• Roque-Barreira M.C.
      • Medeiros A.I.
      • Faccioli L.H.
      Leukotrienes play a role in the control of parasite burden in murine strongyloidiasis.
      In addition to LTBs, 5-LO induces LXA4 production that triggers the AhR receptor altering the expression of SOCS2.
      • Machado F.S.
      • Johndrow J.E.
      • Esper L.
      • Dias A.
      • Bafica A.
      • Serhan C.N.
      • Aliberti J.
      Anti-inflammatory actions of lipoxin A4 and aspirin-triggered lipoxin are SOCS-2 dependent.
      These results suggest that production of a 5-LO–derived molecule, presumably LXA4, contributes to SOCS2 expression during experimental T. cruzi infection. It is interesting to notice that the phenotype of 5-LO–deficient mice infected with T. cruzi
      • Pavanelli W.R.
      • Gutierrez F.R.
      • Mariano F.S.
      • Prado C.M.
      • Ferreira B.R.
      • Teixeira M.M.
      • Canetti C.
      • Rossi M.A.
      • Cunha F.Q.
      • Silva J.S.
      5-Lipoxygenase is a key determinant of acute myocardial inflammation and mortality during Trypanosoma cruzi infection.
      is similar to those observed here. Indeed, absence of 5-LO was associated with decreased inflammatory infiltrate and production of proinflammatory cytokines,
      • Pavanelli W.R.
      • Gutierrez F.R.
      • Mariano F.S.
      • Prado C.M.
      • Ferreira B.R.
      • Teixeira M.M.
      • Canetti C.
      • Rossi M.A.
      • Cunha F.Q.
      • Silva J.S.
      5-Lipoxygenase is a key determinant of acute myocardial inflammation and mortality during Trypanosoma cruzi infection.
      suggesting that in addition to absence of LTB, decreased expression of SOCS2 could account for the phenotype observed in 5-LO–deficient mice. Since there was still increased SOCS2 expression in the absence of 5-LO, our results also suggest that other pathways may be involved in SOCS2 expression on infection.
      SOCS2 deficiency resulted in a reduction in peripheral parasitemia, but not in heart parasitism, even in presence of reduced expression of IFN-γ. The in vitro observations suggest that resistance to infection (parasite replication) could be attributable to an increased ability of SOCS2-deficient macrophages stimulated with IFN-γ to kill intracellular amastigotes via increased production of NO. We found that SOCS2-deficient macrophages were hyperresponsive to IFN-γ stimulation, which could be attributed to reduced inhibition of IFN-γ receptor signaling. Interestingly, T. cruzi–infected SOCS2 KO macrophages that are not stimulated with cytokines release greater numbers of trypomastigotes in the culture supernatants compared with WT cells despite producing a similar concentration of NO. Further studies are required to understand the molecular mechanisms underlying these observations.
      Absence of SOCS2 was clearly associated with decreased levels of cytokines in spleen and heart of T. cruzi–infected mice and decreased inflammatory infiltrate. This was at first a unexpected finding, because SOCS2 is known to suppress the function of cytokines. Hence, absence of SOCS2 would presumably be associated with enhanced cytokine responses. However, two observations help to explain our results. In the absence of SOCS2, there were greater numbers of Treg cells and enhanced production of LXA4.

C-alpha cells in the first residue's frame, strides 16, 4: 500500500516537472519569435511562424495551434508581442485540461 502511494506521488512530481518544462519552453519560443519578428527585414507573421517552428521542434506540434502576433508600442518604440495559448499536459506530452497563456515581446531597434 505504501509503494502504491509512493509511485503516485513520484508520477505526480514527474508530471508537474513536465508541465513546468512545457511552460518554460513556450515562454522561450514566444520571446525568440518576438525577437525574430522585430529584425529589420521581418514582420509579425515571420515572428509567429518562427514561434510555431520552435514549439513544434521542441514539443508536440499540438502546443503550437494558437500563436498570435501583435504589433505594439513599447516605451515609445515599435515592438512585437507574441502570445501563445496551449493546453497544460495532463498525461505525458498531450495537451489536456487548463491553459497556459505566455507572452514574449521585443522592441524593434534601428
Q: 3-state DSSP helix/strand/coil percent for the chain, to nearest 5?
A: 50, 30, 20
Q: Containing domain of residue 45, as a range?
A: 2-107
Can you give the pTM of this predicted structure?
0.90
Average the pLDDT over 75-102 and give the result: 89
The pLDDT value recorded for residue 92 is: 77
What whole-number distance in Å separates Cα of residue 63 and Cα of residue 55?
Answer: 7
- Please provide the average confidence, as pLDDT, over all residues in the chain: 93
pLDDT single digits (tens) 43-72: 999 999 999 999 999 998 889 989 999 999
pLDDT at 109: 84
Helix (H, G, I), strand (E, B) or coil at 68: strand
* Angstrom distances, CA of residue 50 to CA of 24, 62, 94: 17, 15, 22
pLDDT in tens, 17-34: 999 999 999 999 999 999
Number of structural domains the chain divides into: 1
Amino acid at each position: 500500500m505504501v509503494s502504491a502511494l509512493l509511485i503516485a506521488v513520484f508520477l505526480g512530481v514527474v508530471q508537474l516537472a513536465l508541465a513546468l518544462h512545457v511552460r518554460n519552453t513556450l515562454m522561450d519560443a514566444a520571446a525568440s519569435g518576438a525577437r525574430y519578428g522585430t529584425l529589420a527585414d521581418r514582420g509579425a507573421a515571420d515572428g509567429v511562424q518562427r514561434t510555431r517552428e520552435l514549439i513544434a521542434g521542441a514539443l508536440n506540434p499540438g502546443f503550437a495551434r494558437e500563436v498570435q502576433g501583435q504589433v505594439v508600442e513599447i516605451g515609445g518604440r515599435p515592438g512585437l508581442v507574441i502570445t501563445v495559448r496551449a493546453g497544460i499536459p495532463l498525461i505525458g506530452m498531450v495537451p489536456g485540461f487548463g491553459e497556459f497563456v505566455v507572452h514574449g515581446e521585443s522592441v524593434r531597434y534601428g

The role of Treg in experimental T. cruzi infection is still somewhat controversial.
      • Tonelli R.R.
      • Torrecilhas A.C.
      • Jacysyn J.F.
      • Juliano M.A.
      • Colli W.
      • Alves M.J.
      In vivo infection by Trypanosoma cruzi: the conserved FLY domain of the gp85/trans-sialidase family potentiates host infection.
      Part of this controversy stems from the difficulty in depleting specifically Treg cells in vivo and in differences of experimental models used. However, CD4+CD25+ cells expressing FoxP3 have been shown to associate with better outcome in chagasic patients.
      • Sathler-Avelar R.
      • Vitelli-Avelar D.M.
      • Teixeira-Carvalho A.
      • Martins-Filho O.A.
      Innate immunity and regulatory T-cells in human Chagas disease: what must be understood?.
      Moreover, an increased frequency of Treg cells was found during the acute phase of experimental T. cruzi infection in mice.
      • Tonelli R.R.
      • Torrecilhas A.C.
      • Jacysyn J.F.
      • Juliano M.A.
      • Colli W.
      • Alves M.J.
      In vivo infection by Trypanosoma cruzi: the conserved FLY domain of the gp85/trans-sialidase family potentiates host infection.
      In mice, there is also evidence to show that Treg cells migrate to the heart of infected mice and may have a protective role.
      • Mariano F.S.
      • Gutierrez F.R.
      • Pavanelli W.R.
      • Milanezi C.M.
      • Cavassani K.A.
      • Moreira A.P.
      • Ferreira B.R.
      • Cunha F.Q.
      • Cardoso C.R.
      • Silva J.S.
      The involvement of CD4+CD25+ T cells in the acute phase of Trypanosoma cruzi infection.
      Taken together, these studies suggest that Treg cells likely control disease severity during T. cruzi infection. Therefore, the enhanced numbers of Treg cells in SOCS2 KO mice may explain the reduced tissue inflammation observed in these mice. Production of anti-inflammatory cytokines, including IL-10 and TGF-β, account for most of the immunosuppressive effects of Treg cells in various experimental systems.
      • Josefowicz S.Z.
      • Lu L.F.
      • Rudensky A.Y.
      Regulatory T cells: mechanisms of differentiation and function.